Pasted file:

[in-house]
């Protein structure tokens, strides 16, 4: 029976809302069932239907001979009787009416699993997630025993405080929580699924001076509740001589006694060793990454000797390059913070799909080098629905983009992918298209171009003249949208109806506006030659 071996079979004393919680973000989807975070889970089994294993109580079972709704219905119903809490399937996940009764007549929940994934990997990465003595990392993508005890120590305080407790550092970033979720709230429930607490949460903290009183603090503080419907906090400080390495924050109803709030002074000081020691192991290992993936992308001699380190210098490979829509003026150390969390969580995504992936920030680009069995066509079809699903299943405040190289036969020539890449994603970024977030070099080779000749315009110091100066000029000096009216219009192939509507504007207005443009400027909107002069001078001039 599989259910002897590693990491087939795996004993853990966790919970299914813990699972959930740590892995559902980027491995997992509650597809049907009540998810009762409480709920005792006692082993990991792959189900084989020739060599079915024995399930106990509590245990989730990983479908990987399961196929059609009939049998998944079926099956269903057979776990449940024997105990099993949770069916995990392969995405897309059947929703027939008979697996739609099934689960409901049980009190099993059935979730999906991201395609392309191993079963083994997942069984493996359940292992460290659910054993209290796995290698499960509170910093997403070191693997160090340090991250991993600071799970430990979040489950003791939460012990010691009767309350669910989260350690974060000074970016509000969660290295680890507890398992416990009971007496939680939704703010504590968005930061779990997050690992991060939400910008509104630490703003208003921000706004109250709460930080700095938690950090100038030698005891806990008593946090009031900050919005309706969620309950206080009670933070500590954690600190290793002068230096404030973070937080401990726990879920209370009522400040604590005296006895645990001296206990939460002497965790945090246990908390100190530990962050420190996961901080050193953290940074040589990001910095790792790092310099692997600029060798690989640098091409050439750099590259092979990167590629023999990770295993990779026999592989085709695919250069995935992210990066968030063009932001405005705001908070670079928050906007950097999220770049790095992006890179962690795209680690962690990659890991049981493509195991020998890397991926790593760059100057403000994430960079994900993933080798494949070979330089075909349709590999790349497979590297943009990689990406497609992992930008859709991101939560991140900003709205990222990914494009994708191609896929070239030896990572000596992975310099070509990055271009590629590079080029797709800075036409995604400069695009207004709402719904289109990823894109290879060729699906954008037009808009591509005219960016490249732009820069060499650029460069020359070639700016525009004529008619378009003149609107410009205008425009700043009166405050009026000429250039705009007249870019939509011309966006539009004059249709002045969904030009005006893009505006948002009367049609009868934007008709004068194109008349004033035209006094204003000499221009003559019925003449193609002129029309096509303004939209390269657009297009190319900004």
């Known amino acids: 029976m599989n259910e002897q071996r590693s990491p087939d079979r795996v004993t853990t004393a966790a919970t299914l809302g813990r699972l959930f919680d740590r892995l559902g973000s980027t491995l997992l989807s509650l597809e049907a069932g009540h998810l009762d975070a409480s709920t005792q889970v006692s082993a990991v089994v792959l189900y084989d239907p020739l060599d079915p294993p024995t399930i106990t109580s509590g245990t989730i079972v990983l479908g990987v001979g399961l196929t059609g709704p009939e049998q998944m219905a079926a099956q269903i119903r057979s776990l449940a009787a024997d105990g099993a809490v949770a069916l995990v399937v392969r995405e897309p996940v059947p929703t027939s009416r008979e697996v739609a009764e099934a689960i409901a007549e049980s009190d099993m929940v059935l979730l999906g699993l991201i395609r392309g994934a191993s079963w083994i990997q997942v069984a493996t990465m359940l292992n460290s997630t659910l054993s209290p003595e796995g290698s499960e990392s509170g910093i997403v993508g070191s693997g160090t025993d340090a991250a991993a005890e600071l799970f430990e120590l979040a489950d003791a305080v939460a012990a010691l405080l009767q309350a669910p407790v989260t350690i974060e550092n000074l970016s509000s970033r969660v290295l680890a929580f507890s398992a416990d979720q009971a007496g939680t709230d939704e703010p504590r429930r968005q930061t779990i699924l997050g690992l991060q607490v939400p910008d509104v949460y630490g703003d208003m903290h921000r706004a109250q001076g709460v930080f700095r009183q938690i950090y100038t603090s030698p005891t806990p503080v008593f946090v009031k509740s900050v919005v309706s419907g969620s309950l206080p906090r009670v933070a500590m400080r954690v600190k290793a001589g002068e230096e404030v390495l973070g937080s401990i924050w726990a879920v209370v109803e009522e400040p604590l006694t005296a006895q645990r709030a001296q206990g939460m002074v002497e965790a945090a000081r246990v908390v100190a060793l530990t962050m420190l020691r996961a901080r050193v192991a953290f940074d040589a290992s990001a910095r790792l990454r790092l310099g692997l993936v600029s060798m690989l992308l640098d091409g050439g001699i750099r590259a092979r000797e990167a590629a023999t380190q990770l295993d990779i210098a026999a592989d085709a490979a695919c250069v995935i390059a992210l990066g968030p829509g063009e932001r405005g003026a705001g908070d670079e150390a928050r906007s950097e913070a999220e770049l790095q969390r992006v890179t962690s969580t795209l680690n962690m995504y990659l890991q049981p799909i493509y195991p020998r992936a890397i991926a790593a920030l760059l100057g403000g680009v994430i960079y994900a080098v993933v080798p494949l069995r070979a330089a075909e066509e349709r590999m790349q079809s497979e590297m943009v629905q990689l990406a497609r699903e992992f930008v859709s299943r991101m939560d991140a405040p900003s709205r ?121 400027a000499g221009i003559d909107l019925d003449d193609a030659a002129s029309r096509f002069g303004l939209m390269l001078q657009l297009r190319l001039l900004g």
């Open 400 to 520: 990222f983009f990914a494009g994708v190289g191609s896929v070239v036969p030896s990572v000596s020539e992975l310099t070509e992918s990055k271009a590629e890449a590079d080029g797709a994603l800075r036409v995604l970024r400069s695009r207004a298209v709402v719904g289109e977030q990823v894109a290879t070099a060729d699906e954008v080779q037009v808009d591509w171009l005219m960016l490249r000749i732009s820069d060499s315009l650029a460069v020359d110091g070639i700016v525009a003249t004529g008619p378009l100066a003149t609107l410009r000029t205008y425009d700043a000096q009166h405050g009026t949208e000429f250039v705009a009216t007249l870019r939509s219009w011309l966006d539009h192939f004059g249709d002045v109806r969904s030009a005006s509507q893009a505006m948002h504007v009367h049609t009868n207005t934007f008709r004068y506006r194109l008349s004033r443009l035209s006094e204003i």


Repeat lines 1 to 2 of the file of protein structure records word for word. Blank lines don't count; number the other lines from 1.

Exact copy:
[in-house]
């Protein structure tokens, strides 16, 4: 029976809302069932239907001979009787009416699993997630025993405080929580699924001076509740001589006694060793990454000797390059913070799909080098629905983009992918298209171009003249949208109806506006030659 071996079979004393919680973000989807975070889970089994294993109580079972709704219905119903809490399937996940009764007549929940994934990997990465003595990392993508005890120590305080407790550092970033979720709230429930607490949460903290009183603090503080419907906090400080390495924050109803709030002074000081020691192991290992993936992308001699380190210098490979829509003026150390969390969580995504992936920030680009069995066509079809699903299943405040190289036969020539890449994603970024977030070099080779000749315009110091100066000029000096009216219009192939509507504007207005443009400027909107002069001078001039 599989259910002897590693990491087939795996004993853990966790919970299914813990699972959930740590892995559902980027491995997992509650597809049907009540998810009762409480709920005792006692082993990991792959189900084989020739060599079915024995399930106990509590245990989730990983479908990987399961196929059609009939049998998944079926099956269903057979776990449940024997105990099993949770069916995990392969995405897309059947929703027939008979697996739609099934689960409901049980009190099993059935979730999906991201395609392309191993079963083994997942069984493996359940292992460290659910054993209290796995290698499960509170910093997403070191693997160090340090991250991993600071799970430990979040489950003791939460012990010691009767309350669910989260350690974060000074970016509000969660290295680890507890398992416990009971007496939680939704703010504590968005930061779990997050690992991060939400910008509104630490703003208003921000706004109250709460930080700095938690950090100038030698005891806990008593946090009031900050919005309706969620309950206080009670933070500590954690600190290793002068230096404030973070937080401990726990879920209370009522400040604590005296006895645990001296206990939460002497965790945090246990908390100190530990962050420190996961901080050193953290940074040589990001910095790792790092310099692997600029060798690989640098091409050439750099590259092979990167590629023999990770295993990779026999592989085709695919250069995935992210990066968030063009932001405005705001908070670079928050906007950097999220770049790095992006890179962690795209680690962690990659890991049981493509195991020998890397991926790593760059100057403000994430960079994900993933080798494949070979330089075909349709590999790349497979590297943009990689990406497609992992930008859709991101939560991140900003709205990222990914494009994708191609896929070239030896990572000596992975310099070509990055271009590629590079080029797709800075036409995604400069695009207004709402719904289109990823894109290879060729699906954008037009808009591509005219960016490249732009820069060499650029460069020359070639700016525009004529008619378009003149609107410009205008425009700043009166405050009026000429250039705009007249870019939509011309966006539009004059249709002045969904030009005006893009505006948002009367049609009868934007008709004068194109008349004033035209006094204003000499221009003559019925003449193609002129029309096509303004939209390269657009297009190319900004």